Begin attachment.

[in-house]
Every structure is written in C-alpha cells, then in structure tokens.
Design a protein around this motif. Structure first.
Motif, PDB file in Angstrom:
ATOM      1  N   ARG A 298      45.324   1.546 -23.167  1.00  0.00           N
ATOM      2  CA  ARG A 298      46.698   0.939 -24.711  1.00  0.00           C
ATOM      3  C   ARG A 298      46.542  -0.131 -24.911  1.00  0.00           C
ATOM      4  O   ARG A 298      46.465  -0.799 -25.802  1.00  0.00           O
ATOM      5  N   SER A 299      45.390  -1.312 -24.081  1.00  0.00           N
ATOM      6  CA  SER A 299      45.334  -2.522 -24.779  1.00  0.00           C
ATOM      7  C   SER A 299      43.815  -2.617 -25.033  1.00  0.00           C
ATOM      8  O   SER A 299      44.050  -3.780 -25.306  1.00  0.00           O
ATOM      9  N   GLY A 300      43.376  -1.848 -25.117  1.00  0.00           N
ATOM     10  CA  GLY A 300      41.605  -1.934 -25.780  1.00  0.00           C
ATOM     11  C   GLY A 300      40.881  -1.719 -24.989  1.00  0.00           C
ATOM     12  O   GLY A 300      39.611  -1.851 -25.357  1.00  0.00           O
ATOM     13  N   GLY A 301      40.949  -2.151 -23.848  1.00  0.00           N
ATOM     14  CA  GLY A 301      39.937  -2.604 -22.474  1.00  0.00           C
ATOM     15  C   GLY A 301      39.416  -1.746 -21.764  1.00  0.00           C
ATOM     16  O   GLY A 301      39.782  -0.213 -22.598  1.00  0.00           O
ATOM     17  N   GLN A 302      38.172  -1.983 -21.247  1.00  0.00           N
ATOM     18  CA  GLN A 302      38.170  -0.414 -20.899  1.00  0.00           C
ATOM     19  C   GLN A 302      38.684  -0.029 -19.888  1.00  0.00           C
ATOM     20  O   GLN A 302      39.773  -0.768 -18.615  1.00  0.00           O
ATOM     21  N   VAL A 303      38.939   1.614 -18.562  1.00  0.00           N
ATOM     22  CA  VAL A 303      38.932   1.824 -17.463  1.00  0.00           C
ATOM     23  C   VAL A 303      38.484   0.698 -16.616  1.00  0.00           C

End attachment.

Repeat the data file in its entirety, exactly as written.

[in-house]
Every structure is written in C-alpha cells, then in structure tokens.
Design a protein around this motif. Structure first.
Motif, PDB file in Angstrom:
ATOM      1  N   ARG A 298      45.324   1.546 -23.167  1.00  0.00           N
ATOM      2  CA  ARG A 298      46.698   0.939 -24.711  1.00  0.00           C
ATOM      3  C   ARG A 298      46.542  -0.131 -24.911  1.00  0.00           C
ATOM      4  O   ARG A 298      46.465  -0.799 -25.802  1.00  0.00           O
ATOM      5  N   SER A 299      45.390  -1.312 -24.081  1.00  0.00           N
ATOM      6  CA  SER A 299      45.334  -2.522 -24.779  1.00  0.00           C
ATOM      7  C   SER A 299      43.815  -2.617 -25.033  1.00  0.00           C
ATOM      8  O   SER A 299      44.050  -3.780 -25.306  1.00  0.00           O
ATOM      9  N   GLY A 300      43.376  -1.848 -25.117  1.00  0.00           N
ATOM     10  CA  GLY A 300      41.605  -1.934 -25.780  1.00  0.00           C
ATOM     11  C   GLY A 300      40.881  -1.719 -24.989  1.00  0.00           C
ATOM     12  O   GLY A 300      39.611  -1.851 -25.357  1.00  0.00           O
ATOM     13  N   GLY A 301      40.949  -2.151 -23.848  1.00  0.00           N
ATOM     14  CA  GLY A 301      39.937  -2.604 -22.474  1.00  0.00           C
ATOM     15  C   GLY A 301      39.416  -1.746 -21.764  1.00  0.00           C
ATOM     16  O   GLY A 301      39.782  -0.213 -22.598  1.00  0.00           O
ATOM     17  N   GLN A 302      38.172  -1.983 -21.247  1.00  0.00           N
ATOM     18  CA  GLN A 302      38.170  -0.414 -20.899  1.00  0.00           C
ATOM     19  C   GLN A 302      38.684  -0.029 -19.888  1.00  0.00           C
ATOM     20  O   GLN A 302      39.773  -0.768 -18.615  1.00  0.00           O
ATOM     21  N   VAL A 303      38.939   1.614 -18.562  1.00  0.00           N
ATOM     22  CA  VAL A 303      38.932   1.824 -17.463  1.00  0.00           C
ATOM     23  C   VAL A 303      38.484   0.698 -16.616  1.00  0.00           C